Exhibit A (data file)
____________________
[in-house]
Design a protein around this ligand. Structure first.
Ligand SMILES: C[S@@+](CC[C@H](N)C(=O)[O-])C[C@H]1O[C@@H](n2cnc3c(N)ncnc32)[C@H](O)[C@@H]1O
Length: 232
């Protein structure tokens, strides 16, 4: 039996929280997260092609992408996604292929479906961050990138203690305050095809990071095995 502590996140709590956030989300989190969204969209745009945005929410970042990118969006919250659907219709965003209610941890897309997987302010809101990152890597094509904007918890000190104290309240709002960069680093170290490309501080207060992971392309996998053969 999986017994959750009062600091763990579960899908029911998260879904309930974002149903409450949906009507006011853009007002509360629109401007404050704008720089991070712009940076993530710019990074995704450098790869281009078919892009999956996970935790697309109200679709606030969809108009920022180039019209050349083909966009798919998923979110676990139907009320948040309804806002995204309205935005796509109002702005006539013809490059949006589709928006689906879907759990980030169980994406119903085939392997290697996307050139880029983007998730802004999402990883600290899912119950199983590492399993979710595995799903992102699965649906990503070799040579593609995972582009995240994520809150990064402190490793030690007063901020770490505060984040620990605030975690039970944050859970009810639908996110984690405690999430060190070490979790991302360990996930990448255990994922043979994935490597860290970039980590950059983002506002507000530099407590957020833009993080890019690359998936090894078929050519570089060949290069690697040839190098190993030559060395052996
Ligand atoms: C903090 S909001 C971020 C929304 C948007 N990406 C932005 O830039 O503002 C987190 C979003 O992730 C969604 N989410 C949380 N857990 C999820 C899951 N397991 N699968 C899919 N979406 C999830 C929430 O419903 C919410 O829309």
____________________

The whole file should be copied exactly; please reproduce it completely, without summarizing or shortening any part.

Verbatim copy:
[in-house]
Design a protein around this ligand. Structure first.
Ligand SMILES: C[S@@+](CC[C@H](N)C(=O)[O-])C[C@H]1O[C@@H](n2cnc3c(N)ncnc32)[C@H](O)[C@@H]1O
Length: 232
């Protein structure tokens, strides 16, 4: 039996929280997260092609992408996604292929479906961050990138203690305050095809990071095995 502590996140709590956030989300989190969204969209745009945005929410970042990118969006919250659907219709965003209610941890897309997987302010809101990152890597094509904007918890000190104290309240709002960069680093170290490309501080207060992971392309996998053969 999986017994959750009062600091763990579960899908029911998260879904309930974002149903409450949906009507006011853009007002509360629109401007404050704008720089991070712009940076993530710019990074995704450098790869281009078919892009999956996970935790697309109200679709606030969809108009920022180039019209050349083909966009798919998923979110676990139907009320948040309804806002995204309205935005796509109002702005006539013809490059949006589709928006689906879907759990980030169980994406119903085939392997290697996307050139880029983007998730802004999402990883600290899912119950199983590492399993979710595995799903992102699965649906990503070799040579593609995972582009995240994520809150990064402190490793030690007063901020770490505060984040620990605030975690039970944050859970009810639908996110984690405690999430060190070490979790991302360990996930990448255990994922043979994935490597860290970039980590950059983002506002507000530099407590957020833009993080890019690359998936090894078929050519570089060949290069690697040839190098190993030559060395052996
Ligand atoms: C903090 S909001 C971020 C929304 C948007 N990406 C932005 O830039 O503002 C987190 C979003 O992730 C969604 N989410 C949380 N857990 C999820 C899951 N397991 N699968 C899919 N979406 C999830 C929430 O419903 C919410 O829309």